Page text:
But wait, did I just describe the one flaw of City Trial? Indeed, there are a couple of events that don't survive the mode's absence of context, including the aforementioned lighthouse scenario and a mysterious fleet of Stars that float majestically in the city skies every now and then. While they possess purpose, their non-consequential effects elicit the most awkward of shrugs. We can be excited or driven away by fear from meteor strikes, fog, and rail station fires, but a lighthouse is a lighthouse no matter how amazing its accompanying score is.

However, a mode that excels this well despite a stumbled introduction deserves nothing but the utmost of praise. It's a wonderful piece of enigmatic game design that continues to captivate me to this very day, and in that I confidently state City Trial is not just one of the greatest multiplayer experiences on the Gamecube, but may very well be up there with Nintendo's best in history.

With its success being so great--to the extent of it rendering the mistakes of the main racing moot---Kirby Air Ride is granted another chance, another fresh outlook.  But what ultimately sells the rest of the game to the player? The answer lies in the birth of a new Sakurai trope: checklists. Yes, checklists. Complementing the game's three modes are 360 different objectives, with 120 for each one. Be it time trials, mastering specific vehicles, or just breaking the shit out of stuff in City Trial, Kirby Air Ride rewards the player with green-flavored bragging rights or red-tinted goodies.

What renders this so successful is that it permeates the entire game. It's thoroughly organic, as just fooling around in any mode can yield from anything to the simplest of achievements to unlocking Kirby color alts, music tracks, and even a hidden character or vehicle or the like. With just how unintuitive the game is in general, Sakurai and co. no doubt realized there needed to be a compelling incentive for the player to devote their full investment, and seeing as how it's featured in nearly every game of his since, it obviously worked.

Just take the RC-inspired Top Ride, for instance. Its top-down perspective quirkiness--complete with awkward inverted handling--would normally have been tossed aside in favor of Air Ride's more eye-catching modes. But now with the prize-dangling checklist in hand, we have no choice but to engage in the mode, and we discover that the mode is actually wonderfully chaotic. You know how Baby Park in Mario Kart: Double Dash!! was the most exciting course in that game despite its simplistic, oval appearance? It's the same deal here, only instead expanded upon via constant sharp turns, interactive hazards, and a never-ending barrage of dizzying weaponry.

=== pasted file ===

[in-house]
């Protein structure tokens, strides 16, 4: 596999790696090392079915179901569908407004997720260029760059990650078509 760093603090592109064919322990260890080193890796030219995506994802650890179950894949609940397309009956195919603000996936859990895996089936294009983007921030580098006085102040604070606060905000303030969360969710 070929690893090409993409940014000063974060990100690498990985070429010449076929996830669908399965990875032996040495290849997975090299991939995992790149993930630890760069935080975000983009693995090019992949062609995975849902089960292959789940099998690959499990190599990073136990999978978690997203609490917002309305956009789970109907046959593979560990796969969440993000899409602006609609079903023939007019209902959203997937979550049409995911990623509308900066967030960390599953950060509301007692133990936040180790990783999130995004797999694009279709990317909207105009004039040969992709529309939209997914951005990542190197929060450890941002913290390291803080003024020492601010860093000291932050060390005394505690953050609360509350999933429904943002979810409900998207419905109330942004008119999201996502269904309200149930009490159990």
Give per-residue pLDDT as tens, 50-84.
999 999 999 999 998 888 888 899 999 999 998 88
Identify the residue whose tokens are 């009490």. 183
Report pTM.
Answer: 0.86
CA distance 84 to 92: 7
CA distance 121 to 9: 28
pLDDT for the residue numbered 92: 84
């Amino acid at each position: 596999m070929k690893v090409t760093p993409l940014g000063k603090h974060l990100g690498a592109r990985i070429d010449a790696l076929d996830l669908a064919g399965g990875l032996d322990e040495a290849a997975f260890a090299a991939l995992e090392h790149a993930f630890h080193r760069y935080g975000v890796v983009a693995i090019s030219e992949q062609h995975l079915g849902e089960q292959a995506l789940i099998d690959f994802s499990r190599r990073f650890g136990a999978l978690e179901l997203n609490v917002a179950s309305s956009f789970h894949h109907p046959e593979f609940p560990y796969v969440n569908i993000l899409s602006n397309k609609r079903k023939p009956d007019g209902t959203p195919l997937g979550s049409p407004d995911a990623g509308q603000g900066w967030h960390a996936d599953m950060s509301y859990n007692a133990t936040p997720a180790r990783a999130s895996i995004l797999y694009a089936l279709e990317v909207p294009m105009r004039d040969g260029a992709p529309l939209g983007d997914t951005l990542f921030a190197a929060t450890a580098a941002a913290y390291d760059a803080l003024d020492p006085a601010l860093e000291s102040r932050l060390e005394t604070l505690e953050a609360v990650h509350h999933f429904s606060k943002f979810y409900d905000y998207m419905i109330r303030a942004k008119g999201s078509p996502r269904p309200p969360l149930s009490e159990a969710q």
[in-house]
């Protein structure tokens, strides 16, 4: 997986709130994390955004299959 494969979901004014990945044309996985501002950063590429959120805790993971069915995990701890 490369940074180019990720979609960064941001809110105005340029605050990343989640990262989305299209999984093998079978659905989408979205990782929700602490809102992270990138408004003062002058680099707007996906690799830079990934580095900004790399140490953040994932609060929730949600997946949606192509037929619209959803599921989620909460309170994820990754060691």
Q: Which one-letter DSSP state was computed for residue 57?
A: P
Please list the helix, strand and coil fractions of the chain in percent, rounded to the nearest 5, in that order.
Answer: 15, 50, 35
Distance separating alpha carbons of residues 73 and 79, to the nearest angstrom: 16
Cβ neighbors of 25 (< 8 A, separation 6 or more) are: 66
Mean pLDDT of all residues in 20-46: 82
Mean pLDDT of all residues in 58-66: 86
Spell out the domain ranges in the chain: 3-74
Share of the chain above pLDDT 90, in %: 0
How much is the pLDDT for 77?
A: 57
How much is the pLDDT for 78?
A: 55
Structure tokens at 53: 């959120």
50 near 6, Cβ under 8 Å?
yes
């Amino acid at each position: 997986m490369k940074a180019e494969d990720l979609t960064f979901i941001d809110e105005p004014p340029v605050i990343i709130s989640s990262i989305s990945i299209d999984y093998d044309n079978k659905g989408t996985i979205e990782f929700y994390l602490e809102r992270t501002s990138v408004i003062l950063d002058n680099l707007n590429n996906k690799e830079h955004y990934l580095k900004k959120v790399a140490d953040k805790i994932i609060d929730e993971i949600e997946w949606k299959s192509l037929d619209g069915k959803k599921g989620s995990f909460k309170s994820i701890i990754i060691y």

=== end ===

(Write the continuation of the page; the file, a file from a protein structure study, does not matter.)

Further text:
Even setting the checklist aside, I'm still sucked into how Top Ride fulfills the Smash-esque "just one more" cravings. These compact, bite-sized races call for close-quarters battering through explosions, fire, and gyration, all immensely satisfying and requiring the sharpest quick-on-the-draw senses players can muster. With how best courses (Sky and Metal) taking interactive advantage of Air Ride's one-button control scheme (be it the former's buttons and ramps or the latter's course-shifting machinery), I'm always coming back for more. In that sense, I suppose the mode functions as a bridge between the other two--need a break from City Trial? Settle for some quickfire Top Ride chaos.

And the checklist magic even works on the Air Ride mode. The main racing component is still a bust, but it's that checklist-inspired hook that compels me to better myself in solo. The unlockable gorgeous song arrangements and hidden characters are temporarily forgotten as I'm shaving off record after record in Time Trials, shifting between Star after Star as I strive to improve myself, gliding and grinding and soaring.

But most of all, what's more gratifying than the checklist accomplishments and time trials and Top Ride chaos is the game's possession of something truly precious. The obvious cue would be pointing out the game's stellar soundtrack, yet I've come to realize just how little praise has greeted the game's aesthetics. It's a damn shame Kirby Air Ride's erratic reception has no doubt muffled this, and that no doubt renders my opinion all the more shocking: Kirby Air Ride features one of the most striking, wondrous, downright best art styles featured in any Nintendo game.